Journalists of the TV channel, together with a group of viewers and supporters, gathered in front of the TV headquarters around mid-day today, and marched to the Government Administration building, holding placards reading: “Hands off Iberia!” and “Iberia tells the Truth.”
The protesters stressed they wanted their voices to be heard by the Georgian Dream government, with Archil Gamzardia, one of the anchors, saying “the times when television stations are shut down and seized for their criticism have to come to an end.”
Business at stake?
Iberia TV is owned by the Omega Group, a business conglomerate. The news of pressure on the station were first announced by Zaza Okuashvili of the Omega Group. He claimed the decision of the Ministry of Finance to freeze the operations of the Omega Group’s cigarette production company – Omega Group Tobacco (OGT) – was an attempt to silence the TV station.
Okuashvili is a member of the Adjara Supreme Council from the Alliance of Patriots, a radical right-wing outfit. He told the reporters on September 7 that “a gang disguised as state institutions” was using “financial and other instruments” to cut the main source of funding of tan independent media.
The Finance Ministry denied the allegations, saying the decision taken by the OGT was related to its accrued debt. The Minsitry explained that over the last three years Okuashvili’s company had accumulated GEL 51.7 million debt in outstanding excise taxes. The Ministry also said the company has previously requested postponement of enforcement 11 times and their appeals were approved on all of these occasions.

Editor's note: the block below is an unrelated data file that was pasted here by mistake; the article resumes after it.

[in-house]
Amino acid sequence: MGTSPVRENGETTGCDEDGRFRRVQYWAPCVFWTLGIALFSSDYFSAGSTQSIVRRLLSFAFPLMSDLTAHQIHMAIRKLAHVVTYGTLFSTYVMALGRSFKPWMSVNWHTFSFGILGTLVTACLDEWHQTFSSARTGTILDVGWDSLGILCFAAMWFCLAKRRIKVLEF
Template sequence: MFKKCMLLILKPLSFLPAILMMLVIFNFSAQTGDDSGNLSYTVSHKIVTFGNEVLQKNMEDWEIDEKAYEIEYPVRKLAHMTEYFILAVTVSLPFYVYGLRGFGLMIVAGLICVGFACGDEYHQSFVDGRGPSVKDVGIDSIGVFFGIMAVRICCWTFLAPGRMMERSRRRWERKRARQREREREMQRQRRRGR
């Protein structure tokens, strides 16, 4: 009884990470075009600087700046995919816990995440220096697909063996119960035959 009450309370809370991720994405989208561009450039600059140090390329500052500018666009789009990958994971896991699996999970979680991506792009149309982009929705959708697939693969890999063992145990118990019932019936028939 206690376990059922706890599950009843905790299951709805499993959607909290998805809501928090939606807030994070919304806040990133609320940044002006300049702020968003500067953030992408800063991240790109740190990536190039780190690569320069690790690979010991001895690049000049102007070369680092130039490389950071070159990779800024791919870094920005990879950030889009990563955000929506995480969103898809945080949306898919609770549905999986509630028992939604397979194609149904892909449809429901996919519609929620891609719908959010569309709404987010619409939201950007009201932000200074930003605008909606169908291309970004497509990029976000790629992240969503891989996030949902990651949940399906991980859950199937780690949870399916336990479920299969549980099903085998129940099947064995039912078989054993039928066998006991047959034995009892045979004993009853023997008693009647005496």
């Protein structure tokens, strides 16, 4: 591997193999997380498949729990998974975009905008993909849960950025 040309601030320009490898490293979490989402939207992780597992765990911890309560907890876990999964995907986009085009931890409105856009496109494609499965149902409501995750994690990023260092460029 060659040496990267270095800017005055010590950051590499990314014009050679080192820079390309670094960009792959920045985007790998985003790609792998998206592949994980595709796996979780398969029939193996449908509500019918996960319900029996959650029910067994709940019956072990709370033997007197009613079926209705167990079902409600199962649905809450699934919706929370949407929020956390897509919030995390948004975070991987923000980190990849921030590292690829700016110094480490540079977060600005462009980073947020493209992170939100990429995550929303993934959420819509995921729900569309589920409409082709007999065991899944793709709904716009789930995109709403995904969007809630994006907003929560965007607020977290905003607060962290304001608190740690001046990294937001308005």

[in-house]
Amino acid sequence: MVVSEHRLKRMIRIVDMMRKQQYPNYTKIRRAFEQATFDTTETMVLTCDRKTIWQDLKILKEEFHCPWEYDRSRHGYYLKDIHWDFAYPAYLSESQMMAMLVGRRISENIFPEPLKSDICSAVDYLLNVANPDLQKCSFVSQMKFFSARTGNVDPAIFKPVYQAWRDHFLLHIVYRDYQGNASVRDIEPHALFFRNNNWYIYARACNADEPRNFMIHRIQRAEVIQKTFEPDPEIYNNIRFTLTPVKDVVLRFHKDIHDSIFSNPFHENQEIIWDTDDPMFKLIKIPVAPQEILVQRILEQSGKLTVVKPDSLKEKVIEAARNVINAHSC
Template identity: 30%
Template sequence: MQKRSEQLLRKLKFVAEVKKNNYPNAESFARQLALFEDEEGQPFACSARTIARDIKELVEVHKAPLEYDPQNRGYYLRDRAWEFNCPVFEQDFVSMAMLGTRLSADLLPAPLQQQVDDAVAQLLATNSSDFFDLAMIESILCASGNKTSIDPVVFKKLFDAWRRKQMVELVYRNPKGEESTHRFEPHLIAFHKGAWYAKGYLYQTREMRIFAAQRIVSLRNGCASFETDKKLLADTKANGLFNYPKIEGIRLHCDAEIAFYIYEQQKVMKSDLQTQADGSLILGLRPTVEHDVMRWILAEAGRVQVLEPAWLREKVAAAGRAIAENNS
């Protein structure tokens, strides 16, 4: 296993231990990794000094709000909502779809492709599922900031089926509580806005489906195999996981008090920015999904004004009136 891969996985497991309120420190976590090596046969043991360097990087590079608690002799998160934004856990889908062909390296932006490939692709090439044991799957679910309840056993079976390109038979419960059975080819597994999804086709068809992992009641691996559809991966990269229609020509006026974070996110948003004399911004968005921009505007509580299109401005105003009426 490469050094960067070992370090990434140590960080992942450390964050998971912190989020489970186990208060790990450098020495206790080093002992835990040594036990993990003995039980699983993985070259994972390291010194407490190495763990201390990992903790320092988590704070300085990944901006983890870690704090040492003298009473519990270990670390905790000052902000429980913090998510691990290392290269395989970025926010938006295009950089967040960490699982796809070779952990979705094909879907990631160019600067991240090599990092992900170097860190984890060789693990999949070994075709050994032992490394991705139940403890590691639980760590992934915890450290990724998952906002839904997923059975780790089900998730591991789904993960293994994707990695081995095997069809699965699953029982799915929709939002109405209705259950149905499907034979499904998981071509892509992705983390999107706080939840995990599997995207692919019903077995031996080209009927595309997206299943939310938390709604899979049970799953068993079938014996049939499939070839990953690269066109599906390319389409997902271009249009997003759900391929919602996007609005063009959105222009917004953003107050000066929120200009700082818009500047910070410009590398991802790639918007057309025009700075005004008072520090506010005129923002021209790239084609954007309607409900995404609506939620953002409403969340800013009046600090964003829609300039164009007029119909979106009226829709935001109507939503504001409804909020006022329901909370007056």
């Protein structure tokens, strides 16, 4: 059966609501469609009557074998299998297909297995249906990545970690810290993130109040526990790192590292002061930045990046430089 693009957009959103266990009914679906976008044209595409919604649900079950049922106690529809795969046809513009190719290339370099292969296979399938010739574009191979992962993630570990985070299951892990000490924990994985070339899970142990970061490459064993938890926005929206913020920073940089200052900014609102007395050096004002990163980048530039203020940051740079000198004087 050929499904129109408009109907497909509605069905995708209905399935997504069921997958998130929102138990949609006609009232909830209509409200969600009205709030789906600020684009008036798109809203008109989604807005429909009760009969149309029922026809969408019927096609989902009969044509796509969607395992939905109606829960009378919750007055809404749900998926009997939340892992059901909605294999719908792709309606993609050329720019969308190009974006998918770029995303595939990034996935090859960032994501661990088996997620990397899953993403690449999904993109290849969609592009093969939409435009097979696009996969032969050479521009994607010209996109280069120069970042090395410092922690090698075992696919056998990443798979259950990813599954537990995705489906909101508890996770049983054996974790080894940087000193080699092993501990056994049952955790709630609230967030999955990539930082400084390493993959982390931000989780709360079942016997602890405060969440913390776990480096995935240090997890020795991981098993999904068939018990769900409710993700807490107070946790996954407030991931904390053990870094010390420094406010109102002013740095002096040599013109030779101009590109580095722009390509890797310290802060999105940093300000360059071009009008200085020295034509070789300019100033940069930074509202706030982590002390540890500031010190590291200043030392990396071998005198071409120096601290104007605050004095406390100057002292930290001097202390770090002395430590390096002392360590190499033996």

Finance Minister Ivane Machavariani further clarified that OGT broke the agreement on rescheduled payments twice. “We offered them several versions of the debt repayment schedule, we also had meetings with them, but the company is unable to offer an acceptable schedule,” he said.
Zaza Okuashvili’s wife, MP Nato Chkheidze, insists the authorities offered the couple to give up the channel in exchange for resolving their financial problems. “The reason, voiced indirectly, was that Iberia TV is more problematic than [UNM-leaning] Rustavi 2 [for the authorities],” stressed Chkheidze, who represents the Alliance of Patriots in the Parliament of Georgia.
Tapes – and lies?
Two days later, an audio tape, featuring what appears to be a phone conversation of Zaza Okuashvili with a man identified as Levan Kipiani, emerged in the media. According to the audio, Kipiani, who served as the Sports and Youth Affairs Minister in 2012-2015, is offering the TV owner to “give up the TV in exchange for [resolving] the financial problems.”
Members of the ruling Georgian Dream-Democratic Georgia maintain that the TV owners are using the TV station to protect their business interests.
Deputy Parliament Speaker Tamar Chugoshvili commented on the matter on September 9, saying the OGT owners were “labelling their financial problems as the authorities’ pressure [against media].”
“If the company owners have financial problems, they have to act like other businesses and not abuse their connections with media outlets,” Chugoshvili added.
Finance Minister Ivane Machavariani echoed Chugoshvili’s points, telling reporters on September 10 that it is “unacceptable and disgraceful” that Iberia TV owners “are using their media outlet as instrument of blackmail.”
“No one can blackmail the state, this is people’s money and they have to return it to the budget,” he noted.